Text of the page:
A virtual private network (VPN) lets you securely access private resources — such as file servers — from outside their network. While setting up a remote access VPN is a technical task likely requiring the help of an IT professional, once it’s been configured, users can connect to your private network and interact directly with files and file servers even if they’re working remotely.
Using VPN to facilitate a connection to a file server on another network can feel very similar to FTP from a casual user’s point of view. Both solutions let you share files over the Internet, offer a familiar folder/file structure, and provide a central hub for all your company’s documents. However, VPN is a much more convenient way to connect to servers and collaborate on files, since it avoids the need to manually upload and download files from a remote server before working with them.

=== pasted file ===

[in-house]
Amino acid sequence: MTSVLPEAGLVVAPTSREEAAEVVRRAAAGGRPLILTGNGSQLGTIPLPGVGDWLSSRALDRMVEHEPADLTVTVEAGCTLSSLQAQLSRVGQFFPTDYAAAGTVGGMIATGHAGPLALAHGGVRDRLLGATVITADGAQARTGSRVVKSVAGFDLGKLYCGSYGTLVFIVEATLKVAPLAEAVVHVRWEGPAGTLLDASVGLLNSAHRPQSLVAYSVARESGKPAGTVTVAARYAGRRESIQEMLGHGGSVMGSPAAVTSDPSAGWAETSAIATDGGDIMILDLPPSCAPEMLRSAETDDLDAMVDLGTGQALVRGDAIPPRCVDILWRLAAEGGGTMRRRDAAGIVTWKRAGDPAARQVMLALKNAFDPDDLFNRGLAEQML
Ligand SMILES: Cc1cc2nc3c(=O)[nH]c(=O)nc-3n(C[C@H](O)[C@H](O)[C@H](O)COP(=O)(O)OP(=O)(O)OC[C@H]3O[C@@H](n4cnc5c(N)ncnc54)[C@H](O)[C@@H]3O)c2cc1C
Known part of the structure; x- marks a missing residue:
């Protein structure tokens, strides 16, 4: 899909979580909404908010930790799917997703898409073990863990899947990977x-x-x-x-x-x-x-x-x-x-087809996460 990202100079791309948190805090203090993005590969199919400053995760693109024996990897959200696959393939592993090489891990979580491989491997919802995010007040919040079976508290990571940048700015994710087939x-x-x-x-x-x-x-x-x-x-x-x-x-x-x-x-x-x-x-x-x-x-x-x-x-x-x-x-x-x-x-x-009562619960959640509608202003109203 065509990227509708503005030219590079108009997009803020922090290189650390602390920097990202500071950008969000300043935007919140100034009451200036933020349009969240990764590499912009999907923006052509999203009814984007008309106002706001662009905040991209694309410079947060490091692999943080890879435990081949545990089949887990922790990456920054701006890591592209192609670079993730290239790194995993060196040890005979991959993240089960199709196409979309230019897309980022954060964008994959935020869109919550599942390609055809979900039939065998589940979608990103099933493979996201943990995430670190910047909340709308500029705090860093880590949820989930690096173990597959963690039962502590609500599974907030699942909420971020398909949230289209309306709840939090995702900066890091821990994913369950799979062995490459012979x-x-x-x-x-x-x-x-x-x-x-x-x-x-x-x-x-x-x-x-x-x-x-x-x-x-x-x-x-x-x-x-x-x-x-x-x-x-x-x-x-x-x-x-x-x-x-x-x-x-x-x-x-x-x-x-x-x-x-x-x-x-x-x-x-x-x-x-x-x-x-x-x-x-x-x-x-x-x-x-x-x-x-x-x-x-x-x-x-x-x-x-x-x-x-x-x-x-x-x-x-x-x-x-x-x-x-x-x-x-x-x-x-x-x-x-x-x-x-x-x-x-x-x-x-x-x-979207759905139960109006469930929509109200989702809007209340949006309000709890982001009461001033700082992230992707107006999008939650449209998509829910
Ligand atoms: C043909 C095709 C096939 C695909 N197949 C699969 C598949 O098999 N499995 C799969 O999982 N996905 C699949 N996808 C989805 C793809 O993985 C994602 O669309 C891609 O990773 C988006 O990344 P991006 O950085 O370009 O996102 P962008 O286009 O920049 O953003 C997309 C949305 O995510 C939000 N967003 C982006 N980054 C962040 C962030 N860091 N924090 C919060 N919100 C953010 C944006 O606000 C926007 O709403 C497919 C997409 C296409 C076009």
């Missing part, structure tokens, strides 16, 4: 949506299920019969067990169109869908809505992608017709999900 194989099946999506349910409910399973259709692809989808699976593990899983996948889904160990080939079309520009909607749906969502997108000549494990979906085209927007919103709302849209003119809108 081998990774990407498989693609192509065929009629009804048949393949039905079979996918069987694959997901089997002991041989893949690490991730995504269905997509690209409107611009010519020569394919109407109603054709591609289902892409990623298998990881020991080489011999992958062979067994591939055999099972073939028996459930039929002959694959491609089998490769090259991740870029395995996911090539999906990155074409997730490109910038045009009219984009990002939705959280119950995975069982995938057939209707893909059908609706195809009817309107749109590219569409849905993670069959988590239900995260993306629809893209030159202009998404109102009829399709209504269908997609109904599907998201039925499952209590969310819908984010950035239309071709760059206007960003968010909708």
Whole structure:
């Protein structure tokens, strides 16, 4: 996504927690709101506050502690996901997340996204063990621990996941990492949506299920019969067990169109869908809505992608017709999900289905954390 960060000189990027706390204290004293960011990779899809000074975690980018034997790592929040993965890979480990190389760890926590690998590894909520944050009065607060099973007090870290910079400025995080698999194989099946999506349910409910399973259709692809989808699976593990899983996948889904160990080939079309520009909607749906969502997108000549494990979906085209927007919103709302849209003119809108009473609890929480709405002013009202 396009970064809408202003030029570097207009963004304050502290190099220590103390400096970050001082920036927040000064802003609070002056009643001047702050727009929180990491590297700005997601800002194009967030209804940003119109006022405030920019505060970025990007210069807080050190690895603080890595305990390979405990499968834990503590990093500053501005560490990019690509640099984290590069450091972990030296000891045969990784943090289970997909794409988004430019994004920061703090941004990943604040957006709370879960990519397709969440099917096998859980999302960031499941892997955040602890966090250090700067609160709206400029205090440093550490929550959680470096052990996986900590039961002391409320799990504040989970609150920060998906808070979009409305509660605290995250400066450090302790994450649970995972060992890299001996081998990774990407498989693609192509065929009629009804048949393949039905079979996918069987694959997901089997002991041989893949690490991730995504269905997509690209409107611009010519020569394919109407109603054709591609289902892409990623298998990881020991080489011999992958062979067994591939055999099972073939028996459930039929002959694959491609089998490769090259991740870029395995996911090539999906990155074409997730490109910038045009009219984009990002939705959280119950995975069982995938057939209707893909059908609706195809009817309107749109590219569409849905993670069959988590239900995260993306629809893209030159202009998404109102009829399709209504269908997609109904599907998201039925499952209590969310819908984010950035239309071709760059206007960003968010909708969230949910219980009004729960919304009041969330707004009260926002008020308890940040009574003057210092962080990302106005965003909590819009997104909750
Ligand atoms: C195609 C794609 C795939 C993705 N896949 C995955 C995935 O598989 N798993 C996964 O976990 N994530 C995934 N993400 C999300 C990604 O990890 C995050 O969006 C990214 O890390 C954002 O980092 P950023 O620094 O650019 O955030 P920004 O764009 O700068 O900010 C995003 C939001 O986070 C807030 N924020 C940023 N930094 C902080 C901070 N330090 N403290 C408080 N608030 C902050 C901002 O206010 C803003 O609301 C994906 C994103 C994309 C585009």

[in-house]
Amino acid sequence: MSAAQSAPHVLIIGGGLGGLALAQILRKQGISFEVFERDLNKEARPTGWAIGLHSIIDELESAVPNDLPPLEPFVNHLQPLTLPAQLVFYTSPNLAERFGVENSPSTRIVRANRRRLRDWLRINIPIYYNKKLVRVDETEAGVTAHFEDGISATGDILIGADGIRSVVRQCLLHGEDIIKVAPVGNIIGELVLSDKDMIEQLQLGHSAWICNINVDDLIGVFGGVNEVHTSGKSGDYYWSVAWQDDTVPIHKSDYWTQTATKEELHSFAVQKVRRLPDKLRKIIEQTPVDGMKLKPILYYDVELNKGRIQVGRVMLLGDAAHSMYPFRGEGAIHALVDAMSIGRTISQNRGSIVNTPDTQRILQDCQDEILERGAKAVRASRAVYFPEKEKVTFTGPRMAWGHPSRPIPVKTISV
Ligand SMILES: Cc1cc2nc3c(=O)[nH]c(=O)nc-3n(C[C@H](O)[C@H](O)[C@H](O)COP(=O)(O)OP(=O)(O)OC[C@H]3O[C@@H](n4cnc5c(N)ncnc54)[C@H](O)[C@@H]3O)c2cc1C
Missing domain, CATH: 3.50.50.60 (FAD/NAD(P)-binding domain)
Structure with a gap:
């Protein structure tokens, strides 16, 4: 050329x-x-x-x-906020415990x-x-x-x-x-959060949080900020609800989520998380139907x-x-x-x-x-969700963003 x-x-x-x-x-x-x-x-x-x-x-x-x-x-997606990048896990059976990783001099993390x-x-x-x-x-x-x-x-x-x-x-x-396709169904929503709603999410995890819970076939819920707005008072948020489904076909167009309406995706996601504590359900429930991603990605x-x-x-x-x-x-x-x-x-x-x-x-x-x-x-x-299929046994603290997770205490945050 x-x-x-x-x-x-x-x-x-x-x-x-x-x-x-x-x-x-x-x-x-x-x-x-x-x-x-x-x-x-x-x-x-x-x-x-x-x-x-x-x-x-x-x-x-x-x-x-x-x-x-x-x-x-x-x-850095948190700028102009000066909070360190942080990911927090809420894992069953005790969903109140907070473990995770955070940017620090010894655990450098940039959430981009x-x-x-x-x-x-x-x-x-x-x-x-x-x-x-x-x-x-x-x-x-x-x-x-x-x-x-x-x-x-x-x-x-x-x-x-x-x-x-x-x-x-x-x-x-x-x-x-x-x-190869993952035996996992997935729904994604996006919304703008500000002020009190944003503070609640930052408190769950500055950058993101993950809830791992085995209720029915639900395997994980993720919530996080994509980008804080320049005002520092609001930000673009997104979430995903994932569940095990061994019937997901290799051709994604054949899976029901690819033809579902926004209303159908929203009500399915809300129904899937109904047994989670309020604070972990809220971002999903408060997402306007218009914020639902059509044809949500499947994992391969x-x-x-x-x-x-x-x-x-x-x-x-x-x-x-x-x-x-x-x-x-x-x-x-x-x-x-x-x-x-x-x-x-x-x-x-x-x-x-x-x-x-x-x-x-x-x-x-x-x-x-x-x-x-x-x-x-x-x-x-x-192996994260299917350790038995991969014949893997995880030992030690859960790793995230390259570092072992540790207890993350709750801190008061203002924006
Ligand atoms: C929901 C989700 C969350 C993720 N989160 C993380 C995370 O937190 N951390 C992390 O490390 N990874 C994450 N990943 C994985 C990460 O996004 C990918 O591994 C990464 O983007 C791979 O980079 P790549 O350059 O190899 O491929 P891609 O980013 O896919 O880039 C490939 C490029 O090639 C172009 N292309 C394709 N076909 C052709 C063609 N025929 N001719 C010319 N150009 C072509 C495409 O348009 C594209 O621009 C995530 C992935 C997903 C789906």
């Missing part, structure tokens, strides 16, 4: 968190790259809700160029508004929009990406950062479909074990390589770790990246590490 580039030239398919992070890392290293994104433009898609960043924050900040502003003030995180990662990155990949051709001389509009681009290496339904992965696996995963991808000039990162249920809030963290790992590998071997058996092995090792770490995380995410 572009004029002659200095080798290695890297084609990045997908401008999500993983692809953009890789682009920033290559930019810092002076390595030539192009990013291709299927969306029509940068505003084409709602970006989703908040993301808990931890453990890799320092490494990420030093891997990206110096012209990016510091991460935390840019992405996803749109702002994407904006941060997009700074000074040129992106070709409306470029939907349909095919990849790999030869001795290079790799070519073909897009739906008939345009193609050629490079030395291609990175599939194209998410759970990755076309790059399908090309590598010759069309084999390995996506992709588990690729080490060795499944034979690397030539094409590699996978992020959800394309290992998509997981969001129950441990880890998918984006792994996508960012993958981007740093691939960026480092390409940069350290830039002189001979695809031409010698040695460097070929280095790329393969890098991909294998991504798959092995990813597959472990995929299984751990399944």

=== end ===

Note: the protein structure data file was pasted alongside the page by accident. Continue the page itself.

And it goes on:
Many companies maintain a local network for internal communications and document sharing, called an intranet. Unlike the Internet, this is typically a private network that’s only available to users that are connected to it directly (i.e., physically inside the office). This presents a serious collaboration issue for remote workers and off-site contractors.
This is where a virtual private network comes into play. A VPN lets remote users access the company’s internal network over the Internet. After establishing a connection, it will seem like the remote user is physically at the office, with the ability to access shared resources on the internal network — like file servers and other shared storage devices.